One of the UK's leading renewable energy companies has accused the Government of ‘sitting on its hands' in the face of Britain's looming energy crisis.
Paul McCullagh, chief executive of Glasgow-based UrbanWind, said David Cameron was ‘burying his head in the sand' to the growing threat of power blackouts.
And he pointed out that the Government is hampering potential solutions to the ‘energy crunch' by refusing to adequately support viable renewable energy technologies, such as on-shore wind turbines.
Paul McCullagh said: "The threat is getting more serious. The Government has known this for some eight years and yet chooses to ‘sit on its hands'. The situation will become increasingly critical and the time to take action is now."
He highlighted that the Government knew as far back as 2006 when the DTI published its farsighted report, ‘The Energy Challenge'. This predicted a critical shortfall in power generating capacity around 2014/15, as many of the old, fossil-fuel-burning power stations come offline to meet EU emissions targets.
"David Cameron has chosen to do nothing about this and ‘bury his head in the sand'," Paul McCullagh added.
"He needs to be leading the way on this vital issue with clear direction, consistent and transparent policy, as well as transformational leadership on green energy.
"This would enable technologies, such as on-shore wind energy, solar power and other renewable technologies, to flourish and play a pivotal role in averting the energy crisis.
"However, his claim to create the ‘greenest government ever' now looks like hollow rhetoric. His government is actually hampering the very technologies that would help ease the crisis."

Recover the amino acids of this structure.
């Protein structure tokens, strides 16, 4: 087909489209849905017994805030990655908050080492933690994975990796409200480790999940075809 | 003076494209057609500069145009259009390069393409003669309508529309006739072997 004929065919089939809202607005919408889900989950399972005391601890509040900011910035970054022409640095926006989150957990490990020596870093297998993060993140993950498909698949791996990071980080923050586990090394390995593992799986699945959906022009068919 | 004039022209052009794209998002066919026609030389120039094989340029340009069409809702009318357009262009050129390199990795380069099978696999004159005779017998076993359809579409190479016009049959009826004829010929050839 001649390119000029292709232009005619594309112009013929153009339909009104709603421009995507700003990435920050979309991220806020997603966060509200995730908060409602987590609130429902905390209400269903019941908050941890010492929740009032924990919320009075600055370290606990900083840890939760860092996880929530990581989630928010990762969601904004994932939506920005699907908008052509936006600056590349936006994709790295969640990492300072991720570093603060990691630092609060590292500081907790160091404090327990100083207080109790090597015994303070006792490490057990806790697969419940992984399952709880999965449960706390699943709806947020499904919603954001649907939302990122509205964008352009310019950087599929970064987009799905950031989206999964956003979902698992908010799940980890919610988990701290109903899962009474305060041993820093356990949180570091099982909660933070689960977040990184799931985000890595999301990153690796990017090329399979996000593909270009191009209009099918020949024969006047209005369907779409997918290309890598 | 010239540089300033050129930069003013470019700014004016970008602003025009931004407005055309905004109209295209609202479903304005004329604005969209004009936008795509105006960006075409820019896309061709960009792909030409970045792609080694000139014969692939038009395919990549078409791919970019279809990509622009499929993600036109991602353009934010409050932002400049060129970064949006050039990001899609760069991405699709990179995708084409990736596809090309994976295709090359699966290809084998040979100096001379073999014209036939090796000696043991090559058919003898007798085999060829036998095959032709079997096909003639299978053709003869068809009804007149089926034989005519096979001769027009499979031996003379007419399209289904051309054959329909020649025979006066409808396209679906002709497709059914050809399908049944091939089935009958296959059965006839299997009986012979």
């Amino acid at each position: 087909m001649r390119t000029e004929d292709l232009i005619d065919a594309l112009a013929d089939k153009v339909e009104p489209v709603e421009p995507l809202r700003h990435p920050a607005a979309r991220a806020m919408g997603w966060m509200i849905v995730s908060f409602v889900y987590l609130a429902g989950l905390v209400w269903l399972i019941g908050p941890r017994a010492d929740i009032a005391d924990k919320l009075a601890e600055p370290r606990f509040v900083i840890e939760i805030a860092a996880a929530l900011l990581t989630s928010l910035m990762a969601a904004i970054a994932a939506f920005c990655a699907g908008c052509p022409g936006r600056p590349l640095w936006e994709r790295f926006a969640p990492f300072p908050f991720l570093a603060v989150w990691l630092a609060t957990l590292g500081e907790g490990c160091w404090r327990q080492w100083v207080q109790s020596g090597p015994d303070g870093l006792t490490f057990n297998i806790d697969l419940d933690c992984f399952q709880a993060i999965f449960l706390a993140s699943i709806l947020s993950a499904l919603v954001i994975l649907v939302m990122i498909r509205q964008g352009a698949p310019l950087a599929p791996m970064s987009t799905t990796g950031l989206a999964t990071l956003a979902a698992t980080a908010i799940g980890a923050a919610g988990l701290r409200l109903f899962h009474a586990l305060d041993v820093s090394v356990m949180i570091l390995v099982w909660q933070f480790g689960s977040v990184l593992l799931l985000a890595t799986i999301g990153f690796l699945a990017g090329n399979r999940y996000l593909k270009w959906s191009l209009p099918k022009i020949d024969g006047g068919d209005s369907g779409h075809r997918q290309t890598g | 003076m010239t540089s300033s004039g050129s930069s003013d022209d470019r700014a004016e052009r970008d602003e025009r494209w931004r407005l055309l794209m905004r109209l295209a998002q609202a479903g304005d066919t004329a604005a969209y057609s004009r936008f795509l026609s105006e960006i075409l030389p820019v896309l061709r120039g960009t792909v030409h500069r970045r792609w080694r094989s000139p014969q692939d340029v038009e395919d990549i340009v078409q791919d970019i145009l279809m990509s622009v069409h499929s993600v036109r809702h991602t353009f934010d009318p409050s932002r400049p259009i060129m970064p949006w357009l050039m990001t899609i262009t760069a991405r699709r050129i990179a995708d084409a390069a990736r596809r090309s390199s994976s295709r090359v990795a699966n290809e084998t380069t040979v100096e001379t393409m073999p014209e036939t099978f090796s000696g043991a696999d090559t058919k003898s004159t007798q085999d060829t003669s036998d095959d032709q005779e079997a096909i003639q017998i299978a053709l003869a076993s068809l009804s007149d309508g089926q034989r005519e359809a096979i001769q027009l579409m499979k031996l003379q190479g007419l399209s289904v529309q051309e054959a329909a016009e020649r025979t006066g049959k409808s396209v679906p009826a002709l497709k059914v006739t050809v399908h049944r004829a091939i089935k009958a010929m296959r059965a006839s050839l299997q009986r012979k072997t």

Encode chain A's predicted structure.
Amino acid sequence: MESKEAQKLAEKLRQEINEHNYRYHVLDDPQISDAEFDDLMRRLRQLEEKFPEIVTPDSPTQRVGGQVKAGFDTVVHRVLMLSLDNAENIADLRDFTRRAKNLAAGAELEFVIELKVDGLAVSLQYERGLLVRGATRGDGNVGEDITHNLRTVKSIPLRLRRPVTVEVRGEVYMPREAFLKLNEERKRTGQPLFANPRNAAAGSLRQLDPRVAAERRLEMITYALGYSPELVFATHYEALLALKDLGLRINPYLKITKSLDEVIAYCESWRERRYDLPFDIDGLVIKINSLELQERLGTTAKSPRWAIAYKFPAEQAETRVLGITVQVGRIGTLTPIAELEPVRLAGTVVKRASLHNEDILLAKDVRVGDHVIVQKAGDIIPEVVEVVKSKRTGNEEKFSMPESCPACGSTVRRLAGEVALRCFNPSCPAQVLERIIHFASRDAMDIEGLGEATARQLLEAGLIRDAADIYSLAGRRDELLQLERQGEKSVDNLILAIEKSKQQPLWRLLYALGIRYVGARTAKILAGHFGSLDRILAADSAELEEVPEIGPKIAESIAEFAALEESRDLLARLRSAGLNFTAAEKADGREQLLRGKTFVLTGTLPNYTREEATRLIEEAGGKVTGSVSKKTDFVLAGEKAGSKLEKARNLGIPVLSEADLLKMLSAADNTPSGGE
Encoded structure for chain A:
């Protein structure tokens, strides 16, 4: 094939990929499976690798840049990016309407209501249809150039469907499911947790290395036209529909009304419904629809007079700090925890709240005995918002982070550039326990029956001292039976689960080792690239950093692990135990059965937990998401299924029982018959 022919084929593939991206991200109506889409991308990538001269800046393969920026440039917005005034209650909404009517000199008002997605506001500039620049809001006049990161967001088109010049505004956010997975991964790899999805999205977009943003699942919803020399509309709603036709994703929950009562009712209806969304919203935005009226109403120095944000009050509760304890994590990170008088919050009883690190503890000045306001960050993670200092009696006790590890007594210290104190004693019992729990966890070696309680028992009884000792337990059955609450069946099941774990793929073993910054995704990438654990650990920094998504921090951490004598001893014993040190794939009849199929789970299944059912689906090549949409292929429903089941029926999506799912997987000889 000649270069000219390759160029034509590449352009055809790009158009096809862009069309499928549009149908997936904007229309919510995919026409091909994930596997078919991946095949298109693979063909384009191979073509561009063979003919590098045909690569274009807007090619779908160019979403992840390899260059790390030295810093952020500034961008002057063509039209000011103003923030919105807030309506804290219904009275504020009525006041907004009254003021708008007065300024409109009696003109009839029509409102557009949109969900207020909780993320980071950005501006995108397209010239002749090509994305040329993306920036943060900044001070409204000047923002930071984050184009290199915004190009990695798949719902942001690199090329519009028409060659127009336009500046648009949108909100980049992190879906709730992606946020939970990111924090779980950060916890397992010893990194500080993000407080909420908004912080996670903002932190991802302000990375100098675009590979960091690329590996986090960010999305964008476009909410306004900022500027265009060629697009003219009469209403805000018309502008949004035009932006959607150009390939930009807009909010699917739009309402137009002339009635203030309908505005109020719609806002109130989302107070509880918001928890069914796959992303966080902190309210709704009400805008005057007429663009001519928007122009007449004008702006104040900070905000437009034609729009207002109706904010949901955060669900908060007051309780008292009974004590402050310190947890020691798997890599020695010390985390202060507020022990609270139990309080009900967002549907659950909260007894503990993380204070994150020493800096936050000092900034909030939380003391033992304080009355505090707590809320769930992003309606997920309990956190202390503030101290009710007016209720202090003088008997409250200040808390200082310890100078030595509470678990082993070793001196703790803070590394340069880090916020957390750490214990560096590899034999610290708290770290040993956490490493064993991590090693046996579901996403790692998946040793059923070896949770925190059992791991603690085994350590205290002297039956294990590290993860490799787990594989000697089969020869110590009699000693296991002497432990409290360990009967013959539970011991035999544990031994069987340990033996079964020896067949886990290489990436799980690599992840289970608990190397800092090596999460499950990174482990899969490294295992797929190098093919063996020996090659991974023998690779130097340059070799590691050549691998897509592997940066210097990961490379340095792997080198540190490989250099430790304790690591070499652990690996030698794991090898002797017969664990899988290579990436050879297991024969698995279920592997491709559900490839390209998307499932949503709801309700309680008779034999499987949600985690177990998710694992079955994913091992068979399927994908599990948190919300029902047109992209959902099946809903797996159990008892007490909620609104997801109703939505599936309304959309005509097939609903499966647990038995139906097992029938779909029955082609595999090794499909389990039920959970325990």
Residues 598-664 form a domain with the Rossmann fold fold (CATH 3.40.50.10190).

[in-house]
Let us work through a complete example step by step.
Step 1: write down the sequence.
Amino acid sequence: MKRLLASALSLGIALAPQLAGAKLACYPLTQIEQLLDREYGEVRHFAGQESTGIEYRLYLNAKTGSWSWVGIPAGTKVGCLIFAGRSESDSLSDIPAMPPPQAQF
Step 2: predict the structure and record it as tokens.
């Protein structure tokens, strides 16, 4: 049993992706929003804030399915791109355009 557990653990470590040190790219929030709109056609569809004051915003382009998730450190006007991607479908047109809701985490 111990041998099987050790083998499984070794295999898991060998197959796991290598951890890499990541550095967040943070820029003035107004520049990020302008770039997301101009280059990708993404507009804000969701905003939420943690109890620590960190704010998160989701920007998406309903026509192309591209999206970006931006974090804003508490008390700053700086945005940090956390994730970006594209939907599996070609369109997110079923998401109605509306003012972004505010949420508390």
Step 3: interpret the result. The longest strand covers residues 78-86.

Paul McCullagh pointed out that the lack of clear direction, inconsistencies on policy and political in-fighting over green energy were seriously hampering the renewables sector.
He referred to a top-level meeting senior figures from the wind industry had with Energy Secretary Ed Davey last year. He stressed that Mr Davey had promised action on planning difficulties which were harming the growth of the on-shore wind industry.
"However, nothing has happened," said Mr McCullagh. "Time is running out and something within Government needs to change as an urgent priority."
He called for a crucial three-point plan including:
• Clarity of policy from central Government to provide certainty to the market and particularly investors.
• Distinct and aligned guidance on planning issues to avoid viable and well-placed investments becoming entangled in local politics and ensure efficient delivery of viable renewable solutions
• Clear definition of the distinct difference between large-scale wind farms and small-scale wind turbines, when the latter are readily deployable and invaluable in helping to keep farmers and businesses sustainable during volatile farm prices and rising energy costs.
He pointed out that planning committees across the country are now using perceived Government objection to large-scale wind farms as reason for rejecting valuable small wind local generation schemes.
Paul McCullagh cited the case of one local authority which categorized two separate turbine applications as constituting a ‘wind farm'.
"This is unacceptable," he said. "Our wind business could grow dramatically, if these obstacles are removed, creating jobs and bringing investment throughout the supply chain, as well as providing immediate energy solutions.
"The small wind industry is primed for sustainable growth and further job creation, providing greater energy security through local, on-site power generation and reduced reliance on the national grid.
"However, the Government needs to act – and it needs to act now. By sending out a clear signal to planning committees across the country."